[kwlug-disc] "What Linux Distro Should I Use?"

William Park opengeometry at yahoo.ca
Fri May 7 12:52:49 EDT 2010

On Tue, May 04, 2010 at 12:12:33AM -0400, Paul Nijjar wrote:
> Over the past few meetings I have been getting a bit of feedback from
> new KWLUGgers. They have been telling me that while the meetings have
> been interesting, the content has been way over their heads. 
> That got me thinking about another question I have been running into:
> what linux distro people should start with. 
> One direction this takes me is to suggest that we make an explicit
> attempt to schedule some more newbie-friendly meetings, and label them
> as such on the website. 
> Another horrible direction is that I have been pondering whether to
> give a presentation on this topic. However, I don't know whether this
> is a terrible idea or just a really bad one. (Also, the next available
> KWLUG slot is November, assuming Khalid, Andrew, Brad or somebody else
> has not snapped it up already. I would present sooner if I spoke at
> Software Freedom Day or Ontario Linux Fest.) 
> Recently I heard Richard give this talk in five minutes. It was pretty
> excellent. That leads me to believe that this might be a good final
> talk for the June meeting, if Richard or somebody was willing to risk
> his or her life by giving it. 
> Thoughts? 

"Newbies" are difficult to problem to address...

    - If person is coming from Windows, then they are not interested any
      typing.  I think most of you will agree that if you're not going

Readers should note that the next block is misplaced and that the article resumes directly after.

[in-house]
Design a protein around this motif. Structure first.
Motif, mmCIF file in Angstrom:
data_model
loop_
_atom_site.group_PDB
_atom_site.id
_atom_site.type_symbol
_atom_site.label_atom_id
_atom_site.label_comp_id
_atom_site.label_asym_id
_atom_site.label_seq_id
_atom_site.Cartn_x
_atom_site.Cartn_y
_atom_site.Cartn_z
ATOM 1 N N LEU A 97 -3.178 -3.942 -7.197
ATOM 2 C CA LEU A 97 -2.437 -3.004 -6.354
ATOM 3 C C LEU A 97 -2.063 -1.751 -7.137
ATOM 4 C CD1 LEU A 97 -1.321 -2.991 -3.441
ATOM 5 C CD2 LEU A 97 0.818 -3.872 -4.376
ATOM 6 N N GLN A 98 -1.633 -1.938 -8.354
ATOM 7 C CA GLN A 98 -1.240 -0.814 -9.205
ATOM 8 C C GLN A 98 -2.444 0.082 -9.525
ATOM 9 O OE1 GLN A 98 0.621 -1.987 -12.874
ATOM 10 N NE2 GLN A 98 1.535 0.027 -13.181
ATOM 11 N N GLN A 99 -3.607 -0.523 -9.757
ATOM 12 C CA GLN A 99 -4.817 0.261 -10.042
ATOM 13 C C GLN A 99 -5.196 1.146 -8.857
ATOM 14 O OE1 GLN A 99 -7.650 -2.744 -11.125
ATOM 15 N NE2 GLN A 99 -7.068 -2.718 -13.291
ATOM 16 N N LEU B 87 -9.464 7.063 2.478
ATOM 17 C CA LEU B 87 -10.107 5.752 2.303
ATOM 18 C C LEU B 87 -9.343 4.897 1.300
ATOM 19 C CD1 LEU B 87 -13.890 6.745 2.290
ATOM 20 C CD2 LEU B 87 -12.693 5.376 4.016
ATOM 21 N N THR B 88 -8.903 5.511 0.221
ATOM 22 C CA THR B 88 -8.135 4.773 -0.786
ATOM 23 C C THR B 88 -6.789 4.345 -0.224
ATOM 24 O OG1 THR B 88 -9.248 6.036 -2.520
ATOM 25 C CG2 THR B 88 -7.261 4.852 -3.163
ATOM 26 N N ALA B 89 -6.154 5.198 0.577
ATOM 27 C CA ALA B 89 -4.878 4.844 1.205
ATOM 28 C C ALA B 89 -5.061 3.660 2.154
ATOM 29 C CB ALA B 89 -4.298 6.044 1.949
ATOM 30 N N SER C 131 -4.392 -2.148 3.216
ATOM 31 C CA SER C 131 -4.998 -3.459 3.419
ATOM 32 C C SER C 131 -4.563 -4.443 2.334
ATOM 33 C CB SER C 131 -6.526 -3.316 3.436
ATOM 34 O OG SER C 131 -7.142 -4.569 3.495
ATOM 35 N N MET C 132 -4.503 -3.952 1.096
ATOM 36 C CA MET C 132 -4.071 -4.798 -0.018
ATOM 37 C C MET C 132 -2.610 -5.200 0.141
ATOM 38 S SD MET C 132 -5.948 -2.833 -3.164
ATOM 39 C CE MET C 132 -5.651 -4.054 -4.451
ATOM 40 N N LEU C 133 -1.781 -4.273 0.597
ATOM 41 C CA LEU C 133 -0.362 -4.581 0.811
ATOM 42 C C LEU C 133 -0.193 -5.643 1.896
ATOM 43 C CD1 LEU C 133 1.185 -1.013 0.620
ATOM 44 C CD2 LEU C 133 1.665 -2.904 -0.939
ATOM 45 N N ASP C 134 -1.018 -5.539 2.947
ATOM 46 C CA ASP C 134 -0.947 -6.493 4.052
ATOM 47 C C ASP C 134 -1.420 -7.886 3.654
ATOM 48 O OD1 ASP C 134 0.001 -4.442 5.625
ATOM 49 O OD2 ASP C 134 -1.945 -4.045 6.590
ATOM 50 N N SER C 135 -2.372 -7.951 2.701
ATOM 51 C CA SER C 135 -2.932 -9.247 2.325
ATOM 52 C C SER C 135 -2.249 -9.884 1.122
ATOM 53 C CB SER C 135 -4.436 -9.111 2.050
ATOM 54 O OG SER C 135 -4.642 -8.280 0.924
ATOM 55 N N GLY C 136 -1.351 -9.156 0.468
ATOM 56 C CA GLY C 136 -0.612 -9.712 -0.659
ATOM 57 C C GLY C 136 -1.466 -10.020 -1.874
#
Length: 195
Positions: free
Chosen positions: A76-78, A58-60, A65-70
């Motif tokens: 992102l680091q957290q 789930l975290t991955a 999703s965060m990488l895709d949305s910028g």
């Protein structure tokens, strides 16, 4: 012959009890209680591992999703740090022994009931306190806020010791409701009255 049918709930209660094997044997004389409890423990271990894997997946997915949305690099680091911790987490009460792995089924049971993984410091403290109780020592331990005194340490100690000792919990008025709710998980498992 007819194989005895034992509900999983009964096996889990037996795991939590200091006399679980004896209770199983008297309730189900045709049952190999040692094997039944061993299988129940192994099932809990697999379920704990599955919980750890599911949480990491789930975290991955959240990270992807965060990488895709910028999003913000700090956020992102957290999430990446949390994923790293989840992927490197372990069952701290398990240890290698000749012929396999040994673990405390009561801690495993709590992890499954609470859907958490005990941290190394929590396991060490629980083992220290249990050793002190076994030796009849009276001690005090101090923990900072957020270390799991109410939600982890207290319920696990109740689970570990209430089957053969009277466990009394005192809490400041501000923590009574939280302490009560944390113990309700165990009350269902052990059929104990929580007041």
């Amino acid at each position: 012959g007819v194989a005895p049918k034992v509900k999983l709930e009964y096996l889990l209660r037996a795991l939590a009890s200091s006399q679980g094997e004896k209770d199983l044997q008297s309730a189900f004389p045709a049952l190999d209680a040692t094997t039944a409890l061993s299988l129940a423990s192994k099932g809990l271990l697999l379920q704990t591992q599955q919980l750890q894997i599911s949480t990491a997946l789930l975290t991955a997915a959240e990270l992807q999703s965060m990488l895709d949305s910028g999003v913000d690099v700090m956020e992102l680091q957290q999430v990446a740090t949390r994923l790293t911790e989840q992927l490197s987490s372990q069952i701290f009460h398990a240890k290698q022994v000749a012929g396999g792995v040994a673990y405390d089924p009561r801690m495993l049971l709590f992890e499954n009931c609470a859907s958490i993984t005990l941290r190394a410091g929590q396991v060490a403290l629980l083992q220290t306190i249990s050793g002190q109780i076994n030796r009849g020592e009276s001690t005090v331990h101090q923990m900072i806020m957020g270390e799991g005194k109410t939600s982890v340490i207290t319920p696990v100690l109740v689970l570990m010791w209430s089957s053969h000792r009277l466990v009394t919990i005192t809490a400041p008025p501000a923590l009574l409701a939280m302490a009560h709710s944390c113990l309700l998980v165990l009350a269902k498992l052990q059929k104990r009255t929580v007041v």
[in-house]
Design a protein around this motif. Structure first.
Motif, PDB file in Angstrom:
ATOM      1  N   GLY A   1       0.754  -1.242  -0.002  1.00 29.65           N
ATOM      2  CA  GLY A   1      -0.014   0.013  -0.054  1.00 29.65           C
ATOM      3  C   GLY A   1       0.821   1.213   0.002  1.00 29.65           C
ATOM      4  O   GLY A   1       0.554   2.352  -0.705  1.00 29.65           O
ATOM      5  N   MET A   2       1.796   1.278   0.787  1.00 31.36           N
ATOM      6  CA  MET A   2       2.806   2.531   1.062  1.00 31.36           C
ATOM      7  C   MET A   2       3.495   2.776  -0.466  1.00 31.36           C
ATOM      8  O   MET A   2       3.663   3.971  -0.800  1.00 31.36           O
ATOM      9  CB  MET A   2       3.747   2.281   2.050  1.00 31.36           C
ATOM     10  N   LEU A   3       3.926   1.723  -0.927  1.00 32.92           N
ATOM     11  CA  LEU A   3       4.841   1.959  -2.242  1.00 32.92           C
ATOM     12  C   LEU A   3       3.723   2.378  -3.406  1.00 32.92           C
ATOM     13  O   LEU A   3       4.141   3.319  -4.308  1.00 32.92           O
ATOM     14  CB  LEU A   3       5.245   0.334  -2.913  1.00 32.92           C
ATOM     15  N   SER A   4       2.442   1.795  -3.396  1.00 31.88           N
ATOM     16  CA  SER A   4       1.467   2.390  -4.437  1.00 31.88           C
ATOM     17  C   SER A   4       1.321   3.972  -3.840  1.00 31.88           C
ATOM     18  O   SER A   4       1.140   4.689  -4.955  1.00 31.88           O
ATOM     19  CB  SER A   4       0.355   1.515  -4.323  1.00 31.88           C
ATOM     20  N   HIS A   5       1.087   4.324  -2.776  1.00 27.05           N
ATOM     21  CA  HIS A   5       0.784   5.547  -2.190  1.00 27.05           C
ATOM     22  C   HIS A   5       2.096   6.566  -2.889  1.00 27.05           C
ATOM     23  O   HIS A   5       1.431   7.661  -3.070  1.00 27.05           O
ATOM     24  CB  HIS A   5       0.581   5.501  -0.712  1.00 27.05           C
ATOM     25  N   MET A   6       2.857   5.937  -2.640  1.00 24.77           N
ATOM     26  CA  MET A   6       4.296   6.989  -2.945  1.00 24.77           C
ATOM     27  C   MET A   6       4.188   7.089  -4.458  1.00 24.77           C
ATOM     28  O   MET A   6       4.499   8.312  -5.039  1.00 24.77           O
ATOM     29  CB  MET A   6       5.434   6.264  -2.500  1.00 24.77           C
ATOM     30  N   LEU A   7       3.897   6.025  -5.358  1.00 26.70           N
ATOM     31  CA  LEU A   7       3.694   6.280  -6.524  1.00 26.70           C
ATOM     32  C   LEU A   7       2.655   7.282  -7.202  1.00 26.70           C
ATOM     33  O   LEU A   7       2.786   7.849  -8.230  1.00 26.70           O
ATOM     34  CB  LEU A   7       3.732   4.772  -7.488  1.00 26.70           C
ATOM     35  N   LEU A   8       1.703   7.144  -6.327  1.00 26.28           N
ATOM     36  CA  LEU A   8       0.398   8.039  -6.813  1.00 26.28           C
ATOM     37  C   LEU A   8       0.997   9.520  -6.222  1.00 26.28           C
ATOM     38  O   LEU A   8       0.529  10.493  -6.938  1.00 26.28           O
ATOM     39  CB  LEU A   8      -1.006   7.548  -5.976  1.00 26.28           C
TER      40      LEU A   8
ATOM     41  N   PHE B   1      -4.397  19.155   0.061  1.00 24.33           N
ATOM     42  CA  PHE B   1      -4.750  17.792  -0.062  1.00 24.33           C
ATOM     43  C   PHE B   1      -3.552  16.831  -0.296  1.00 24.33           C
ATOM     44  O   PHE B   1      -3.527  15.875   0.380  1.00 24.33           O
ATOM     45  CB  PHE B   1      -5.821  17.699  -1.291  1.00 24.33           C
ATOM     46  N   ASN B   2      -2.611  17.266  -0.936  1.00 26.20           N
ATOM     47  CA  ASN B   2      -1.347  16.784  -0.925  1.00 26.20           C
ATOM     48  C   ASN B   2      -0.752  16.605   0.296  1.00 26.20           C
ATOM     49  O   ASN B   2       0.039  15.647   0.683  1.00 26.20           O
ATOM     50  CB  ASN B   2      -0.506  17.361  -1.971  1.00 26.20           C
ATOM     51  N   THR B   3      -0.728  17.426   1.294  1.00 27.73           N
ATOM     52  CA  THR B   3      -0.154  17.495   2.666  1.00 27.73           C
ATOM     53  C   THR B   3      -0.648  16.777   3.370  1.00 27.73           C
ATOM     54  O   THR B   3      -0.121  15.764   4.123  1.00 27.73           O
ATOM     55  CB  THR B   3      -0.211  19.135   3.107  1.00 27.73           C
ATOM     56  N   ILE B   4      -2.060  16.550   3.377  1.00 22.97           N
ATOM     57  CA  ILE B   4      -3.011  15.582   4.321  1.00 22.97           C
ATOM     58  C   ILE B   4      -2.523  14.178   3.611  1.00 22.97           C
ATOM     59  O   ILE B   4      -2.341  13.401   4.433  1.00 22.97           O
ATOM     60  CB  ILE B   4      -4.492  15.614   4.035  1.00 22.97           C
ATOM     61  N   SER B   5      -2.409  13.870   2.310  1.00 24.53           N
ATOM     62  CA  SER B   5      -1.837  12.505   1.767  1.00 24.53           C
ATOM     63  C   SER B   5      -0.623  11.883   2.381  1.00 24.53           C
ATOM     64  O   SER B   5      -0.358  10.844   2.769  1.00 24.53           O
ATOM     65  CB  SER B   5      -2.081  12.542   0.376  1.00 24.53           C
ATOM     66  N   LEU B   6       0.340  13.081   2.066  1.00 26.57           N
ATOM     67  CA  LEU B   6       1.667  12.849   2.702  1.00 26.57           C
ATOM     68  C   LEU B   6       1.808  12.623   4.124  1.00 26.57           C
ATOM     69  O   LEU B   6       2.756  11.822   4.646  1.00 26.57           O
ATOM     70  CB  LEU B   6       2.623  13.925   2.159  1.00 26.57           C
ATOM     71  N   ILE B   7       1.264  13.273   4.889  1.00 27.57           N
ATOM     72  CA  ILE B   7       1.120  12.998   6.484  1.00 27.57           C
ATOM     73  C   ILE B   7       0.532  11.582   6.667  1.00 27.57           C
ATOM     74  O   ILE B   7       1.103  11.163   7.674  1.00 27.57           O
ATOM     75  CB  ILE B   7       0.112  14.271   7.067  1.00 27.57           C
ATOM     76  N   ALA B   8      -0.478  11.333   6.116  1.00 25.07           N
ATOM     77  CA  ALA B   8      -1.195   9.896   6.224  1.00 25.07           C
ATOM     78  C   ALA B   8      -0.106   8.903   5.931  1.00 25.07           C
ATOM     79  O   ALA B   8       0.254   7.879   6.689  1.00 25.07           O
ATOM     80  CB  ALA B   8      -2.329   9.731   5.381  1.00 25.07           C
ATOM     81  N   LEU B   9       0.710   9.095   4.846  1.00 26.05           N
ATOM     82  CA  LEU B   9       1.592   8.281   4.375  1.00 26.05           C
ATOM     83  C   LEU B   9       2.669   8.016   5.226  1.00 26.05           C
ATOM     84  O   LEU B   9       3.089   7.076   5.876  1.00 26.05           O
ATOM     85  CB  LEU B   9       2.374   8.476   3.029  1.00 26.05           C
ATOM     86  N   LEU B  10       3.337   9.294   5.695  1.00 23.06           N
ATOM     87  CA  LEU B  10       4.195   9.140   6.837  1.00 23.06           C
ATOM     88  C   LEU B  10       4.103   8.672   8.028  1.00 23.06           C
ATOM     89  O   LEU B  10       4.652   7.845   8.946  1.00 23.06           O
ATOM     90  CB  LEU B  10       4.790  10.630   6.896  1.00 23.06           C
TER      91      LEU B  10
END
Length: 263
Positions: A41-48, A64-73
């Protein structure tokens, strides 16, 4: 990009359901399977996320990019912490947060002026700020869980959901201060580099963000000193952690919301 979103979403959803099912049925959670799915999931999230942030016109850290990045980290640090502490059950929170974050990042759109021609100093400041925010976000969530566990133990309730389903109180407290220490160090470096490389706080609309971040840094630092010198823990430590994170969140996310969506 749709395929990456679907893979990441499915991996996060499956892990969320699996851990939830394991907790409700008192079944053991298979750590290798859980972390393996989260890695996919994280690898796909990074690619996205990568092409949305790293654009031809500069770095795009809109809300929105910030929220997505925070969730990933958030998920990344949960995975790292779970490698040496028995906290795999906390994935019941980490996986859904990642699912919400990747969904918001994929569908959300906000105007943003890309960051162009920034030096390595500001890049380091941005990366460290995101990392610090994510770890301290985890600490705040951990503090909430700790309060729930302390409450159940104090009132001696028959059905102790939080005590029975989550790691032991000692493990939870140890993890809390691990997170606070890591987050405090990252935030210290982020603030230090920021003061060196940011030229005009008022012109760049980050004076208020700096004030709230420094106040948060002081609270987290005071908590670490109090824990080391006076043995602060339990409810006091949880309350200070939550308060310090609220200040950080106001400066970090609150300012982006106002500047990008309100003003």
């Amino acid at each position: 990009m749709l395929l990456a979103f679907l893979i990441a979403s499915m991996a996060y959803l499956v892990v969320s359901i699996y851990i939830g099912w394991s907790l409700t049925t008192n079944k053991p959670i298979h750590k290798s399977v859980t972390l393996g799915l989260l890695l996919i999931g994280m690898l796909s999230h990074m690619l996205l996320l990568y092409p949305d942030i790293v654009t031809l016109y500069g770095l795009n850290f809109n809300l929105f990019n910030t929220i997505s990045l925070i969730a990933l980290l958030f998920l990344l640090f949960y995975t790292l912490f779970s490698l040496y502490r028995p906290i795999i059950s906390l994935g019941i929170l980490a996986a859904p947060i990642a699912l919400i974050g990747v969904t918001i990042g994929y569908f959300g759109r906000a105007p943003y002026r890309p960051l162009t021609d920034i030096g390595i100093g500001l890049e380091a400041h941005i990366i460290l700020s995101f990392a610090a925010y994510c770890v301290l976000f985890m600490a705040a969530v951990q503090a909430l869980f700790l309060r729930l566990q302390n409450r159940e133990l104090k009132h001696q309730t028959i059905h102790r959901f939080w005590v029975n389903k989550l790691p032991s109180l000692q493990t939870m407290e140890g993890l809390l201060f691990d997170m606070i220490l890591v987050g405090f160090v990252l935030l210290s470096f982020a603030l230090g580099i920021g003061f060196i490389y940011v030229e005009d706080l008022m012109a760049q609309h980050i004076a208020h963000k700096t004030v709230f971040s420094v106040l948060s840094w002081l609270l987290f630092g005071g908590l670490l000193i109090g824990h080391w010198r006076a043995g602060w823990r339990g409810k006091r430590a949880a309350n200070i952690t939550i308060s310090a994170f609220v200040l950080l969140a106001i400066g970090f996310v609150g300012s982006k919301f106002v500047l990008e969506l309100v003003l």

to type, then there is no difference between Windows Desktop and
      Linux Desktop.  You basically end up showing which menu/button to
      click on Gnome, KDE, or Windows7.

    - Expecting newbies to ask question is not very realistic.  They
      wouldn't know what to ask.  That's why they are newbies.

    - Showing what to do on Fedora-12, whouldn't necessarily work on
      Fedora-15, let alone on Ubuntu-12.10.

    - "Install Fest" is no longer needed.  You can get CD/DVD anywhere.
      And, most Linux distros boot and install without problem.

    - They need more "hands-on" experience.  Just giving a presentation
      is not enough.

If you think back to before you took Engineering, Science, or Accounting
courses... Before taking the courses, you didn't know what is important.
While taking them, you thought they are useless.  After finishing, you
knew for a fact that they are useless.  Now, in retrospect, you realize
that it was very useful after all that you were exposed to those useless

We can schedule "Linux 101", and cover basics of
    - command-line tools,
    - network tools,
    - kvm, virtualbox, ...
For some things, all you need is manpage.  For other things, it's more
spread out in space and time.  But, I don't know.  If they are asking
these kind of "question", then they are not "newbies".

Do we have time for 30min "tutorial", say beginning of meeting or
at the end?  We can say to the newbies, "Bring your laptop to the
class." :-)


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